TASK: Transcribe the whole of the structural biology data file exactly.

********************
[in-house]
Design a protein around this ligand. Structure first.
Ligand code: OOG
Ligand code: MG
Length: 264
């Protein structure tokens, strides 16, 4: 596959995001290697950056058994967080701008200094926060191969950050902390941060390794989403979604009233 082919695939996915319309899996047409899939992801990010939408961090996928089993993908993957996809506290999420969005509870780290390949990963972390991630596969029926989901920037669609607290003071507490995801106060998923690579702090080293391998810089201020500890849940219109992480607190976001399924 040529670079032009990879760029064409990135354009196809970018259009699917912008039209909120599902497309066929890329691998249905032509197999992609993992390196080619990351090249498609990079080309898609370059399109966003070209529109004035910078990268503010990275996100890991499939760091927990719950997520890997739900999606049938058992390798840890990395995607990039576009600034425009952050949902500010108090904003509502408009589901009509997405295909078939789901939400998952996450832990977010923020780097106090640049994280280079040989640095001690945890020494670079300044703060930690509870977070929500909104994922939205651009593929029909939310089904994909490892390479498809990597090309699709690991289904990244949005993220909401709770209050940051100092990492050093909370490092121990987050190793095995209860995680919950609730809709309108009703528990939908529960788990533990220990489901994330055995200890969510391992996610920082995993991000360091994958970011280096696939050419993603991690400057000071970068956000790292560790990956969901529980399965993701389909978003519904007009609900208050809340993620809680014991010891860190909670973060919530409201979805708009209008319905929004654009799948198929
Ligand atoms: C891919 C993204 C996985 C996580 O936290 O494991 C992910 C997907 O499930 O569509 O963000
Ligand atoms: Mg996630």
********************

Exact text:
[in-house]
Design a protein around this ligand. Structure first.
Ligand code: OOG
Ligand code: MG
Length: 264
């Protein structure tokens, strides 16, 4: 596959995001290697950056058994967080701008200094926060191969950050902390941060390794989403979604009233 082919695939996915319309899996047409899939992801990010939408961090996928089993993908993957996809506290999420969005509870780290390949990963972390991630596969029926989901920037669609607290003071507490995801106060998923690579702090080293391998810089201020500890849940219109992480607190976001399924 040529670079032009990879760029064409990135354009196809970018259009699917912008039209909120599902497309066929890329691998249905032509197999992609993992390196080619990351090249498609990079080309898609370059399109966003070209529109004035910078990268503010990275996100890991499939760091927990719950997520890997739900999606049938058992390798840890990395995607990039576009600034425009952050949902500010108090904003509502408009589901009509997405295909078939789901939400998952996450832990977010923020780097106090640049994280280079040989640095001690945890020494670079300044703060930690509870977070929500909104994922939205651009593929029909939310089904994909490892390479498809990597090309699709690991289904990244949005993220909401709770209050940051100092990492050093909370490092121990987050190793095995209860995680919950609730809709309108009703528990939908529960788990533990220990489901994330055995200890969510391992996610920082995993991000360091994958970011280096696939050419993603991690400057000071970068956000790292560790990956969901529980399965993701389909978003519904007009609900208050809340993620809680014991010891860190909670973060919530409201979805708009209008319905929004654009799948198929
Ligand atoms: C891919 C993204 C996985 C996580 O936290 O494991 C992910 C997907 O499930 O569509 O963000
Ligand atoms: Mg996630």